No, Art is Not Purely Subjective

by  in Comic News Comment
No, Art is Not Purely Subjective

I’m sorry, it isn’t.  I know it’s a golden little dream that feels warm and cuddly when we hold onto it, but it simply isn’t true.  Now, one’s reaction to art IS purely subjective.  But one’s opinion or enjoyment of something does not affect the work itself.  This isn’t going to be easy for me to write, as I (and many others) have gone over it repeatedly on various message boards.  Let me try to keep it succinct and to the point.

It is possible for art to be good or bad; even moreso it is possible for art to be better or worse.  And the more extreme the difference, the easier it is to tell.  If I draw a little cartoon, that cartoon is not as good as a Quitely piece.  Even if my mom looks at it and loves it, it isn’t better.  It is worse.  It’s OK for my mom to like it more; that is her subjective opinion.  But it would be silly of her to try to objectively claim it was better.  It isn’t.  That is a fact.  I don’t know how to draw.  Every technical aspect would be worse.  Every creative aspect would be worse.  And if I drew more panels I guarantee the storytelling would be in every way worse than a Quitely page.  Is my mom stupid for liking mine more?  No.  Do I look down on her?  No.  But is my page better?  Absolutely not.

Now, of course, it isn’t always that easy.  I am not advocating complete black-and-white thinking on this idea.  You get a Quitely page and stack it against a Williams III page, they are so similar in quality that it would be nearly impossible to objectively rate them against each other.  They clearly both are better than, say, a Greg Land tracey-porn page, a muddled teaser poster with inconsistent lighting and anatomy, or David Finch’s weird line-filled work.  And, once again, if someone likes any of those latter three more, that is perfectly fine.  Your taste is subjective, but has no bearing on the quality of the work.  Perhaps the quality of the work can affect your taste, but not vice versa.  No matter how much I love America’s Funniest Home Videos or Tron, they are terrible.  Do I care?  No.  If someone says they are terrible, do I get offended?  Of course not; they’re right.  But I don’t feel bad for liking them.  That’s the subjectivity of taste versus the objectivity of art critique.

And that word explains the problem I have with a lot of the reviewing at this site, especially Greg’s.  When we founded this blog, I wanted it to highlight the good and the great, no matter how we felt about it.  I can recommend a comic I don’t particularly like, because I can ascertain it is objectively good.  And there’s nothing inherently wrong with recommending a comic based purely on how much you like it.  But from time to time I see some objectively bad stuff being pushed forward while personal taste of a reviewer is pulling down Good Work.  And it bugs the shit out of me.  When a bunch of us left because of this sort of thing, Brian recruited a bunch of new reviewers singing the praises of Manhunter or Secret Six or whatever just because of personal taste.  In moderation, that’s fine.  I enjoy the hell out of the Goon Noir, and recognize it’s no Eightball.  We all like some stuff that isn’t so good.  But when the chaff drowns out the wheat, we’ve got a problem.  This is why I give Burgas a hard time.  He’s got a forum here that people obviously read, and that’s great.  But his critiques rarely go much beyond “I like Moon Knight” when he’s reviewing a book he’s got personal taste for.  And when you’re spending more time praising a middle-ground-at-best superhero monthly, you’re shortchanging a lot of work out there.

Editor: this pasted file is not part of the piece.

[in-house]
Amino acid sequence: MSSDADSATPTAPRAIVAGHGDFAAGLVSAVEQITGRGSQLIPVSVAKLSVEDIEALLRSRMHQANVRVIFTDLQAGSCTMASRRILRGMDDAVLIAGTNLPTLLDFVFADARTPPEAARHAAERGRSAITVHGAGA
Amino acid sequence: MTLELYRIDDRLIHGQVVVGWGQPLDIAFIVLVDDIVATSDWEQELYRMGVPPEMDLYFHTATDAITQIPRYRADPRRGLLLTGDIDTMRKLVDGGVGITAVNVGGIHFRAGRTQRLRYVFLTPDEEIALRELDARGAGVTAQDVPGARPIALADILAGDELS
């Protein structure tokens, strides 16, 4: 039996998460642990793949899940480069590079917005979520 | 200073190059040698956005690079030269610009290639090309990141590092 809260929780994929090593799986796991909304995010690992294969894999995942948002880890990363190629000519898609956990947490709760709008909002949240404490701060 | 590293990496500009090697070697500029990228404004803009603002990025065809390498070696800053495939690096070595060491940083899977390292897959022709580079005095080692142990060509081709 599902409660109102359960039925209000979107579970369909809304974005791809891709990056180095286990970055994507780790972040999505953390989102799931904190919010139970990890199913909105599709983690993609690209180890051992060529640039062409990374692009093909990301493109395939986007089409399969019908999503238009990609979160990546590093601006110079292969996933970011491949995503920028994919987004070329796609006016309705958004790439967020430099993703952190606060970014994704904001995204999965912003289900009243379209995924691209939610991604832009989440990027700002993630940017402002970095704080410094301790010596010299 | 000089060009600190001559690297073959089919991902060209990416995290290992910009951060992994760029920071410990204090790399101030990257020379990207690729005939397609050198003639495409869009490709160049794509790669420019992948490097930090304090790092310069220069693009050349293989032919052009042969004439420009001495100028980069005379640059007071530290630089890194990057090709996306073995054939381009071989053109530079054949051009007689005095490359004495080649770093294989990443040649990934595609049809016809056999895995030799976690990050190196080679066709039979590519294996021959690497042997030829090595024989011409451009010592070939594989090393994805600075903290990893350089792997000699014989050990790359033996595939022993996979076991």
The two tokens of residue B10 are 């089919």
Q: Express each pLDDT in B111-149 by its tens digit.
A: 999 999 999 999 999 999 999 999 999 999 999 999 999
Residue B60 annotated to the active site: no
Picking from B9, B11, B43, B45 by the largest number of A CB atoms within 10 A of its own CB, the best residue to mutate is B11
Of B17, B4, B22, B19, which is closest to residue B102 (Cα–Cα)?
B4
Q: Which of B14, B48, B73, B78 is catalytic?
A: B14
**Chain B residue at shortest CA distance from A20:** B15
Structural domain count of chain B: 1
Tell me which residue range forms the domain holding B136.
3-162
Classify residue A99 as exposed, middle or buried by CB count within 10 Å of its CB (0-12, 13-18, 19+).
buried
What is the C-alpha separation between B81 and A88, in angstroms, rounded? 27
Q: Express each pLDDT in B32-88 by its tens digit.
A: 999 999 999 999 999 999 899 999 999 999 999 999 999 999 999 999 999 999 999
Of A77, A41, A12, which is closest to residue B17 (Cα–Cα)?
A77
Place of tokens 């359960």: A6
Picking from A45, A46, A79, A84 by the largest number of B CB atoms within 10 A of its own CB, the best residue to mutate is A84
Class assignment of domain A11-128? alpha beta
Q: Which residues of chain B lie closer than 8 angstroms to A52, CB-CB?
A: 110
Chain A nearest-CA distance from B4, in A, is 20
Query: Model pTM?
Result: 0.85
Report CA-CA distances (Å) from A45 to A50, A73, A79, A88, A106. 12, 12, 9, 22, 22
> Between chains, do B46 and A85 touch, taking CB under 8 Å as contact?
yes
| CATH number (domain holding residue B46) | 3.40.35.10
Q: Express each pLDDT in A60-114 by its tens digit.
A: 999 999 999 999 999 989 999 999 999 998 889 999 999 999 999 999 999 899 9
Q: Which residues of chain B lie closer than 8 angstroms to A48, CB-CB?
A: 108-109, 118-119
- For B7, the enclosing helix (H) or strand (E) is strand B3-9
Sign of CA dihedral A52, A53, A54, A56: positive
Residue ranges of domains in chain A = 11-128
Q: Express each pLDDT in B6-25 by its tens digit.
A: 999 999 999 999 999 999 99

Now, see, I started on another tangent there.  The point is, art isn’t completely subjective.  That doesn’t mean it’s completely objective.  Of course taste comes into it.  But not every opinion is equally valid or even right.  If it’s someone’s opinion that Watchmen is poorly crafted, they’re wrong.  They’re free to be wrong, of course, but they shouldn’t expect people to treat that opinion as valid.  You can know more about comics, about art, about storytelling, about craft and your opinion can be more valid; HOWEVER, this doesn’t make it automatically right, either.  Scott McCloud can still be wrong about something like anyone else.  True, I’d probably give his opinion a bit more weight than, say, Greg’s.  But he could still be wrong and even Burgas is right about a book occasionally.

It bugs me when people say “It’s all subjective.”  No, it isn’t.  Your enjoyment is, obviously.  But I’d like to think this site is capable of a bit more than “I like this.”  I’d like to think that this site, and the minds behind it (even Brad-haw) are capable of “This works and this is why.”  Or “This doesn’t work and this is why.”  Or “I don’t like this, but here is why it’s great.”  I think it’s high time we raised our game.  There are smart people here.  We read a lot of comics.  Let’s still have fun, let’s still talk about what we like, but let’s try to look at the why’s.  Try to look at the larger scale, too:  what is this doing, what is it saying, etc.  It isn’t easy.  I fall into the same traps myself.  But this site gets a lot of hits, from what I understand.  That’s a lot of people we could turn on not just to good comics, but to better comics.  A lot of people we could get to think about craft, about higher quality, and about objective standards for art.  AND a lot of people we can joke around with and talk about the horrible things we love.  But enough pontification.  I want discussion.

No, Art is Not Purely Subjective